By Janet Tappin Coelho
An abandoned pitbull on the verge of being put down won a second chance of life after vets were persuaded to take one last look at the reason for the dog’s bad behaviour.
To everyone’s horror x-rays showed two-year-old Bono was suffering unimaginable agony as up to 18 pieces of bullet shrapnel were found lodged
in his skull.
Vets extracted five of the splinters in delicate surgery, but the rest remain and may pose a long-term threat to the dog’s well-being.
The story of Bono’s plight came to light on Monday in a Facebook video which has amassed over 50,000 hits.
Luciana Sperduti, 46, from Araraquara, south east Brazil, whose intervention saved the canine’s life said: “When I first saw Bono, I thought his
injuries had been caused by a horse or cow kicking him in the head. I never imagined it was because he had been shot.
“We were shocked to discover that someone had been so unbelievably cruel to this animal.”
The distressing condition meant Bono was being driven crazy with unrelenting and intense stabbing pains that caused him to howl constantly as
if he was crying.
The animal’s head was distorted and swollen from his injuries which were constantly bleeding.
There was a diagonal scar that slashed across the top of his head, an open wound oozed pus just above his right eye and sores in his skin were
infected. The damage impaired the dog’s hearing, his eyes and sinuses, leaving the poor brute in excruciating misery.
He was just days away from being put to sleep when Ms Sperduti stepped in, vowing to give the fragile creature a fighting chance to live.
She raised funds by selling raffle tickets and using her own savings to pay for vets to surgically remove some of the ballistics. And she decided to
adopt the beleaguered animal, building a special kennel for him at her home.
Today, the devoted dog owner has changed Bono’s aggressive behaviour by training him to become more docile and approachable.
Bono was found in an atrocious state wandering along a motorway in July 2015 by firefighters after locals reported a dangerous dog on the
The captured animal was so emaciated his rib cage were sticking out. He was anaemic, infested with ticks and weak from starvation.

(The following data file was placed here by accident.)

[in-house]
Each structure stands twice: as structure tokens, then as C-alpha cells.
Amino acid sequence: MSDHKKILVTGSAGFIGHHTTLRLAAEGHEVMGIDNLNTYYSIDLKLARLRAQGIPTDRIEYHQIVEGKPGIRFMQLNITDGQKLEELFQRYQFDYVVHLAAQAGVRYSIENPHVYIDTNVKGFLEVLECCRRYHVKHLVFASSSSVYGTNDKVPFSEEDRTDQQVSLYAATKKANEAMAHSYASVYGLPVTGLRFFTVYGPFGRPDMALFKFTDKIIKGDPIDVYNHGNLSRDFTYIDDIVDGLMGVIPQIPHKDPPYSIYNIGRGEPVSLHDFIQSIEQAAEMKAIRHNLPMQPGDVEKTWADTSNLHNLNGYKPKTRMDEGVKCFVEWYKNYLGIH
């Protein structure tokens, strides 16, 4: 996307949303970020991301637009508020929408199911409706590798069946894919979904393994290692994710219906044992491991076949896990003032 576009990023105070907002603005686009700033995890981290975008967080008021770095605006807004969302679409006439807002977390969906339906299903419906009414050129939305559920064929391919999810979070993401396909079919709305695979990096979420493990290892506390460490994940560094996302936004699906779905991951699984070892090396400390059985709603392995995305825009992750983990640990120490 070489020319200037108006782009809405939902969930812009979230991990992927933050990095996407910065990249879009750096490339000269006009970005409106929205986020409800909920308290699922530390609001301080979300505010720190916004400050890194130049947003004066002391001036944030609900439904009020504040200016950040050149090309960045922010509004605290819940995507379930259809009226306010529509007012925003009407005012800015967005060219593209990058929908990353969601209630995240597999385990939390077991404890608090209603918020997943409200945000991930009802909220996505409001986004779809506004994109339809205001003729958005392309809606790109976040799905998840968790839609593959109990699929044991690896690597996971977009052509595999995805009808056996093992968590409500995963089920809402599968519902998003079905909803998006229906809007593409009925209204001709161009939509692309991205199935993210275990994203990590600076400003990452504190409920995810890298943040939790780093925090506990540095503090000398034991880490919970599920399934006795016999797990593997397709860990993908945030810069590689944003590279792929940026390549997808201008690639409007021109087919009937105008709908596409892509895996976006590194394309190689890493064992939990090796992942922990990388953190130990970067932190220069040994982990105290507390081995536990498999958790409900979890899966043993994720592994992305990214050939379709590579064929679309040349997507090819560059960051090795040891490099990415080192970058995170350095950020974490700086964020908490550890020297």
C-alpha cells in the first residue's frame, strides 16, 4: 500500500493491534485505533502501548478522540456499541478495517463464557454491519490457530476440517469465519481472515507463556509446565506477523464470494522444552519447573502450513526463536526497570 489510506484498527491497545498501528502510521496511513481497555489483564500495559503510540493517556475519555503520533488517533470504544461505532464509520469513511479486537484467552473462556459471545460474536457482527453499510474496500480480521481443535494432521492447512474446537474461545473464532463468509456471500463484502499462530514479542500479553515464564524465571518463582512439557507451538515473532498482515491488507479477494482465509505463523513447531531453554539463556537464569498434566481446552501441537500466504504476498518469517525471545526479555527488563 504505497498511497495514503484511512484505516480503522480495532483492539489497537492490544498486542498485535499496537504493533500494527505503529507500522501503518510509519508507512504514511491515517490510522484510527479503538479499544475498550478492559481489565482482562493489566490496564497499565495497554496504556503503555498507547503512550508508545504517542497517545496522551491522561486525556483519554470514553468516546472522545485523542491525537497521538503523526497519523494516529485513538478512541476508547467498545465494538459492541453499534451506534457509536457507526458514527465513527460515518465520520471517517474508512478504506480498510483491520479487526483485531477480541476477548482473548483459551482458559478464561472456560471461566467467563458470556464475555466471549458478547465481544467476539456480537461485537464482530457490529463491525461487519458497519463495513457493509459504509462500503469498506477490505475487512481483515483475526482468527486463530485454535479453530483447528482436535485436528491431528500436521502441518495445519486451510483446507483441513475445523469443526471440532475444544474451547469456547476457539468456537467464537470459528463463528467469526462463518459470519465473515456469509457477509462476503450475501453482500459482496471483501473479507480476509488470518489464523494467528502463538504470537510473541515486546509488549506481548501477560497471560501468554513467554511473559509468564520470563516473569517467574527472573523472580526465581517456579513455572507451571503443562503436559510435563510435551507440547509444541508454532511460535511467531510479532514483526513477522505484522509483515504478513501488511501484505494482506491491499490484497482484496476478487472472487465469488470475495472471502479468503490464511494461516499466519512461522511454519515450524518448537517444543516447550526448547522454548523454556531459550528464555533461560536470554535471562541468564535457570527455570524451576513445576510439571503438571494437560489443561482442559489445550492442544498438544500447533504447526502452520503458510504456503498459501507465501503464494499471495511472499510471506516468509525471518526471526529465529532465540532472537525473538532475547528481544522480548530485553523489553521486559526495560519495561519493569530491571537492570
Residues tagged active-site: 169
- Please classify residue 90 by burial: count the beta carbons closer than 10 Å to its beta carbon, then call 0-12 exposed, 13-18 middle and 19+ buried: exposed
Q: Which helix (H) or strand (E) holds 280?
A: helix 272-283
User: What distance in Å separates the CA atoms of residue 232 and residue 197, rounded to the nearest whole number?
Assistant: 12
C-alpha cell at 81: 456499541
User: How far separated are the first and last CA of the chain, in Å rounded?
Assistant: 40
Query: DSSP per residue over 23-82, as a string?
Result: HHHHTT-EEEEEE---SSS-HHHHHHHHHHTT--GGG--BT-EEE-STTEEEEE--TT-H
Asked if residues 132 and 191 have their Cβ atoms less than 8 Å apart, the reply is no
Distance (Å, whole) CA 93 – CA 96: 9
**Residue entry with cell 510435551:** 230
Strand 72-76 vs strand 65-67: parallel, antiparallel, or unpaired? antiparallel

The malnourished hound was taken to an animal welfare shelter which was where Ms Sperduti first found him chained up inside a reinforced iron
cage, snarling, baring his teeth and barking viciously at anyone who dared to approach.
The 46-year-old art teacher remembered the moment she saw the stray.
She said: “Bono was suspicious and frightened of humans as much as we were frightened of him.
“He growled menacingly as I approached the cage and looked me straight in the eyes. At that moment, I felt so much love and compassion I
knew instantly this was an animal just pining for someone to show him the kindness and attention he needed so he could become a loving pet.”
The married dog-lover, who owns 12 other pooches, said: “Ten days after he arrived at the shelter, a vet managed to sedate Bono and get him
onto an operating table. That was when we discovered the remnants of bullets embedded in his skull.
“We believe someone had deliberately tried to shoot and kill him, as there were splinters scattered in the rest of his body too.”
The complex surgery removed five out of the 18 fragments in his head. But extracting all of them was considered too dangerous for Bono’s
He was treated with antibiotics to heal his wounds and two years later, as Ms Sperduti celebrates her second year of caring for the Pitbull the
animal has gained weight, is considerably healthier and is a boisterous four-year-old.
She explained: “It took me a year and a half to finally bring Bono home as I didn’t have the space to put him.
“He was held in private kennels until December 2016 and came home in January 2017 once I had built the exclusive structure for him.
“It took me several weeks before he would trust me to even pat him. He wouldn’t let anyone get close, particularly men, because he was too
scared of the abuse humans had dealt him,” she said adding Bono was named after the biscuits which he adores and her favourite singer.
Ms Sperduti continued: “To earn Bono’s trust I practiced on some of the teachings from the renowned pit bull trainer, Mexican American Cesar
Millan. This initially involved making minimal eye contact, being quiet and peaceful but strong and talking in a low calm voice.
“Bono’s behaviour has improved a lot and he is a very playful and affectionate dog. But his problems are still not over as he remains aggressive
towards other animals and doesn’t interact with them.
“Surprisingly, he allows my husband, Paulo, to pet him, probably because he sees us together and is familiar with our smells.
“But he won’t let me to put a muzzle and lead on him so we can’t take him for walks in the street. Something I would love to do one day.
“In the meantime, we are just grateful to see how our efforts have given Bono a new lease of life,” she said.